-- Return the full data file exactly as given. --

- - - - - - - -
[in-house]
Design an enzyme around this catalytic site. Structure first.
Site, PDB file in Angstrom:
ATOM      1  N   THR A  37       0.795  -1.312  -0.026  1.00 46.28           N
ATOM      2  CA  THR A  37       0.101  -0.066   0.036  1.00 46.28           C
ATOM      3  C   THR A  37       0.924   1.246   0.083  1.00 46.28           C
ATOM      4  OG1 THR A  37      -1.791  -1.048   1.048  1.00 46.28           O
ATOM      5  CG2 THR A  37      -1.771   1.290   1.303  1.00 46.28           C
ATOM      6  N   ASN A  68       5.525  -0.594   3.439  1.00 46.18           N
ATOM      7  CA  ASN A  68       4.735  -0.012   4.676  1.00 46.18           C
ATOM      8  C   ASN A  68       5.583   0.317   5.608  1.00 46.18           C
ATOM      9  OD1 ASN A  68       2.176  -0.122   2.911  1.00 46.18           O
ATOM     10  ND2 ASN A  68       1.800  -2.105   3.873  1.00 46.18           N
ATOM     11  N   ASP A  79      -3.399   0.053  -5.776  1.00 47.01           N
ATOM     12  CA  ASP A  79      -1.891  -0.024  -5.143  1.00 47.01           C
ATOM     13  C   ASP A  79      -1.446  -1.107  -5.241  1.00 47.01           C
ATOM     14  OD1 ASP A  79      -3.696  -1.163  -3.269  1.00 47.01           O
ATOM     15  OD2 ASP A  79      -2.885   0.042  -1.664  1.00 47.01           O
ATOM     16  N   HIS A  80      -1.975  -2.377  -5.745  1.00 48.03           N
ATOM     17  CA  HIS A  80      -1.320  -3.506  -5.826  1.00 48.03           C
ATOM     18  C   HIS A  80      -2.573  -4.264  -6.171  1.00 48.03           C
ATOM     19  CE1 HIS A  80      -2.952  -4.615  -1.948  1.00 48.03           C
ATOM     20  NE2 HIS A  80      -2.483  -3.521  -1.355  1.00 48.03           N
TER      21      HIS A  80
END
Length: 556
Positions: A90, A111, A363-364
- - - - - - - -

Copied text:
[in-house]
Design an enzyme around this catalytic site. Structure first.
Site, PDB file in Angstrom:
ATOM      1  N   THR A  37       0.795  -1.312  -0.026  1.00 46.28           N
ATOM      2  CA  THR A  37       0.101  -0.066   0.036  1.00 46.28           C
ATOM      3  C   THR A  37       0.924   1.246   0.083  1.00 46.28           C
ATOM      4  OG1 THR A  37      -1.791  -1.048   1.048  1.00 46.28           O
ATOM      5  CG2 THR A  37      -1.771   1.290   1.303  1.00 46.28           C
ATOM      6  N   ASN A  68       5.525  -0.594   3.439  1.00 46.18           N
ATOM      7  CA  ASN A  68       4.735  -0.012   4.676  1.00 46.18           C
ATOM      8  C   ASN A  68       5.583   0.317   5.608  1.00 46.18           C
ATOM      9  OD1 ASN A  68       2.176  -0.122   2.911  1.00 46.18           O
ATOM     10  ND2 ASN A  68       1.800  -2.105   3.873  1.00 46.18           N
ATOM     11  N   ASP A  79      -3.399   0.053  -5.776  1.00 47.01           N
ATOM     12  CA  ASP A  79      -1.891  -0.024  -5.143  1.00 47.01           C
ATOM     13  C   ASP A  79      -1.446  -1.107  -5.241  1.00 47.01           C
ATOM     14  OD1 ASP A  79      -3.696  -1.163  -3.269  1.00 47.01           O
ATOM     15  OD2 ASP A  79      -2.885   0.042  -1.664  1.00 47.01           O
ATOM     16  N   HIS A  80      -1.975  -2.377  -5.745  1.00 48.03           N
ATOM     17  CA  HIS A  80      -1.320  -3.506  -5.826  1.00 48.03           C
ATOM     18  C   HIS A  80      -2.573  -4.264  -6.171  1.00 48.03           C
ATOM     19  CE1 HIS A  80      -2.952  -4.615  -1.948  1.00 48.03           C
ATOM     20  NE2 HIS A  80      -2.483  -3.521  -1.355  1.00 48.03           N
TER      21      HIS A  80
END
Length: 556
Positions: A90, A111, A363-364